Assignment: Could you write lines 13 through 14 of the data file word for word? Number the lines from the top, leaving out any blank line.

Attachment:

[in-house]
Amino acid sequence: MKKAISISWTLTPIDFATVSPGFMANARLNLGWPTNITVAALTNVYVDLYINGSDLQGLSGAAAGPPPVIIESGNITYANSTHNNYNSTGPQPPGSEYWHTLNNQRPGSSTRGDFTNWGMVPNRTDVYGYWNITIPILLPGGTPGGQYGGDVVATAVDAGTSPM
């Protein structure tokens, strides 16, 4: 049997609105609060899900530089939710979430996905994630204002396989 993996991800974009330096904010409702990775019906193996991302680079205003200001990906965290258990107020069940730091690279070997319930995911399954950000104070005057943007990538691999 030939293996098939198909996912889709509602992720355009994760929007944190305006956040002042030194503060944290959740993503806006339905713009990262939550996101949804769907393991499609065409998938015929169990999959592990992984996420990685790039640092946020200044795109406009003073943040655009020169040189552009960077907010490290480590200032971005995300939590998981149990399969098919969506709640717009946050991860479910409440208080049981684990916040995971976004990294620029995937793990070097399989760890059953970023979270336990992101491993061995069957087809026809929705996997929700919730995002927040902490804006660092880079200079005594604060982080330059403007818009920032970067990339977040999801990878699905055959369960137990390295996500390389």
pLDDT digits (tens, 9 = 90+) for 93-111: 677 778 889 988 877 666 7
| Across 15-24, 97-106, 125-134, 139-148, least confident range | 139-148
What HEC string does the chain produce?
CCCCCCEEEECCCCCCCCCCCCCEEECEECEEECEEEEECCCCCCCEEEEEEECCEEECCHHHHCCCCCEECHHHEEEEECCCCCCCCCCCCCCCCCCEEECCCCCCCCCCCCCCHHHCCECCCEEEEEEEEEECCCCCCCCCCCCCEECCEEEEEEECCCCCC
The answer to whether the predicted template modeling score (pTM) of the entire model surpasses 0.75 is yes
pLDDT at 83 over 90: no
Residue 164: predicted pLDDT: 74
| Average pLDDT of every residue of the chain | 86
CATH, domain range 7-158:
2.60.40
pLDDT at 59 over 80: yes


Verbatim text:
2.60.40
pLDDT at 59 over 80: yes